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How to prevent multiple clicks on a button?

I know there are many ways to prevent multiple clicks on a button in Xamarin, but is there a single solution to prevent it globally? i.e. in every button in my app. Otherwise, what would be the best solution for me to do it to every button I have?

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  • NMackayNMackay GBInsider, University admin

    I'd 2nd the event handler taking care of this rather than a threading hack

    It's easy in frameworks like Prism to guard against this

    RegisterAccountCommand = new DelegateCommand(RegisterAccount).ObservesCanExecute(() => CanExecute);
    
    

    The RegisterAccount event handler takes care of setting CanExecute

  • ClintStLaurentClintStLaurent USUniversity ✭✭✭✭✭

    I agree with @NMackay about using CanExecute with your commands. And it works with the out-of-box MVVM as well.
    But honestly, I notice it tends to be a little slow to affect the actual UI buttons, making it possible to double/triple click them. So I don't rely on it to block critical buttons.

    Also... Think about what the real reason is you want to avoid double-clicks... Its so you don't have code execute twice. So if you cut to the heart of it and just make your code robust so it doesn't execute twice, then the UI is no longer a problem you have to be so pedantic about: You can afford to have the CanExecute take 300ms.

    Also... UI is not the only way to call methods. It doesn't do you any good to have the UI robust if your code isn't. Some other developer on your team will do something bad and once again you're at this same point where a routine is called multiple times as part of a loop (by accident) or something else.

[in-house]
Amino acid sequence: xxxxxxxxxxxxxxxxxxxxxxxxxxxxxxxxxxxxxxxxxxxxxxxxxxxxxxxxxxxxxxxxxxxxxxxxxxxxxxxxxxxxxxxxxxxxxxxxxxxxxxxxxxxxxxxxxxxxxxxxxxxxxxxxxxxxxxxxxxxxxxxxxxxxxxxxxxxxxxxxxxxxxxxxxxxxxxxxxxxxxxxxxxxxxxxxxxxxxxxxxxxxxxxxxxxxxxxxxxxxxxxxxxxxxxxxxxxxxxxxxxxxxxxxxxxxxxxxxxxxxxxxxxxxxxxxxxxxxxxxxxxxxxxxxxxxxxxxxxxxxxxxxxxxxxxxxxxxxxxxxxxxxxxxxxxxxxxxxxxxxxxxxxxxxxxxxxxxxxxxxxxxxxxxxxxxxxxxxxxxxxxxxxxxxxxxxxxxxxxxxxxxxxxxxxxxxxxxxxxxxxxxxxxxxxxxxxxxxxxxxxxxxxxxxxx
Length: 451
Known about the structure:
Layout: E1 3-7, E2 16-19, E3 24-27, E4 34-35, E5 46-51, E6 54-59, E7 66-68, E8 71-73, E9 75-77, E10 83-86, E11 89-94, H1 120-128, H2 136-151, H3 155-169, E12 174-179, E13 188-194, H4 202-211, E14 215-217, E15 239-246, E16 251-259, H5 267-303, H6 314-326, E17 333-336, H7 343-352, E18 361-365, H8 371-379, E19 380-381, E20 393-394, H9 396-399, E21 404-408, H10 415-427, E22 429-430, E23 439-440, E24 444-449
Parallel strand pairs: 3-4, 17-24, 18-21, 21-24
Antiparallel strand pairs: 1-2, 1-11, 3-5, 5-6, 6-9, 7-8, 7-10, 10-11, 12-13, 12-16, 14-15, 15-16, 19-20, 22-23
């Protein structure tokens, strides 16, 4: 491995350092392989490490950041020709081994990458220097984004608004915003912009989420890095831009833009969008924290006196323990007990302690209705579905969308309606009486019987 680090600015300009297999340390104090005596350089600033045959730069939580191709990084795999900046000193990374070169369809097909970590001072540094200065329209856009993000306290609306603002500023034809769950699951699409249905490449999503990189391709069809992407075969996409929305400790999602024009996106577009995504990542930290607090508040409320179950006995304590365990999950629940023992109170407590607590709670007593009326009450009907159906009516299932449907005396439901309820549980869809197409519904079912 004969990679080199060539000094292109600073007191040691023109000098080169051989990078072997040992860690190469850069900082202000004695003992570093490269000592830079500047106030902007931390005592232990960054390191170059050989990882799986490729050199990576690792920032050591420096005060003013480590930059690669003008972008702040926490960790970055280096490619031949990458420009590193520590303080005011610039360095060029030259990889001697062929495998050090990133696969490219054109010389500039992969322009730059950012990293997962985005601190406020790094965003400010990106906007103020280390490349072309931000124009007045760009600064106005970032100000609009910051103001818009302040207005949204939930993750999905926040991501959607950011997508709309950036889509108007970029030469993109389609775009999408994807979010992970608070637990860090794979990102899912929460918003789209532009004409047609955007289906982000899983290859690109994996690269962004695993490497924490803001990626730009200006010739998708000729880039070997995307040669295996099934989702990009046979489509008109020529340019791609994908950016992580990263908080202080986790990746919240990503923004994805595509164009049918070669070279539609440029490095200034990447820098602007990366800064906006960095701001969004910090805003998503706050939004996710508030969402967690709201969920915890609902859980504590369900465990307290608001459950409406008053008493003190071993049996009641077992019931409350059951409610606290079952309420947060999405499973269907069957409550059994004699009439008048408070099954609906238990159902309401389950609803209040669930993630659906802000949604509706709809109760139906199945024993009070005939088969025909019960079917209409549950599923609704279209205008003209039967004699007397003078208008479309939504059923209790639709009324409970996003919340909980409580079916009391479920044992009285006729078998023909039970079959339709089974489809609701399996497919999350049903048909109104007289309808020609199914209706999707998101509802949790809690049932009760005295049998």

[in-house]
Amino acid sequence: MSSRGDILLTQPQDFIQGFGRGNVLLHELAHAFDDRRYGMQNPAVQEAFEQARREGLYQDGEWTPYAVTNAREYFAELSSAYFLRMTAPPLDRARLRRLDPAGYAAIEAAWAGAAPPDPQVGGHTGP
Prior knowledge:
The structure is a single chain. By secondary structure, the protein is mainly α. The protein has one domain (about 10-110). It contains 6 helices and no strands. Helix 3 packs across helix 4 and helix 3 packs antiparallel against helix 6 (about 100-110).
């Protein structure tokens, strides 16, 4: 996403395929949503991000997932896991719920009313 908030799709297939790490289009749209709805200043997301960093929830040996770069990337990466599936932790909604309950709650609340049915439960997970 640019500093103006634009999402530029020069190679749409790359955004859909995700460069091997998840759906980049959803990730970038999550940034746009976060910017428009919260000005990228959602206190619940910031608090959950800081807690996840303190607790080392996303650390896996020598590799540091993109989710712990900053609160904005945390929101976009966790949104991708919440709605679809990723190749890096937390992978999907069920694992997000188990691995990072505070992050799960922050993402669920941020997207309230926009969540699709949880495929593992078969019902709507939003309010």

• Jeanne_VieJeanne_Vie Member

    I just put this inside my method:

    await Task.Delay(1000);

  • ClintStLaurentClintStLaurent USUniversity ✭✭✭✭✭

    I'm not a fan of adding deliberate lack of responsiveness.

    Another technique is to add a handler for TapGestureRecognizer (or click as appropriate) where TapsRequired is set to 2. Then send that to an empty handler.
    If someone double-clicks as desktop people often do on tablets, the second click just goes no place.

  • CaseCase USMember ✭✭✭

    I've run into this too - test users are notorious for hammering buttons (which is a good thing).

    I've developed this system:

    I have these two helper classes

    public class ThreadSafeBool
    {
        private long _backing;
    
        public ThreadSafeBool(bool initValue)
        {
            _backing = initValue ? 1L : 0L;
        }
    
        public bool Get() => Interlocked.Read(ref _backing) == 1L;
    
        public void Set(bool value)
        {
            if (value) Interlocked.CompareExchange(ref _backing, 1L, 0L);
            else Interlocked.CompareExchange(ref _backing, 0L, 1L);
        }
    }
    
    public class ClickRegulator
    {
        public Dictionary<string, ThreadSafeBool> ClickStatus = new Dictionary<string, ThreadSafeBool>();
        private readonly ThreadSafeBool _preventOtherClicks = new ThreadSafeBool(false);
    
        // returns false if safe to execute, true means cannot execute
        public bool SetClicked(string name, bool preventOtherClicks = false)
        {
            if ( _preventOtherClicks.Get()) return true;
    
            if (ClickStatus.ContainsKey(name))
            {
                var alreadyClicked = ClickStatus[name].Get();
                if (alreadyClicked) return true;
                ClickStatus[name].Set(true);
                if (preventOtherClicks) _preventOtherClicks.Set(true);
                return false;
            }
    
            ClickStatus.Add(name, new ThreadSafeBool(true));
            if (preventOtherClicks) _preventOtherClicks.Set(true);
            return false;
        }
    
        public void ClickDone(string name)
        {
            ClickStatus[name].Set(false);
            _preventOtherClicks.Set(false);
        }
    }
    

    Then in all my ViewModels, I do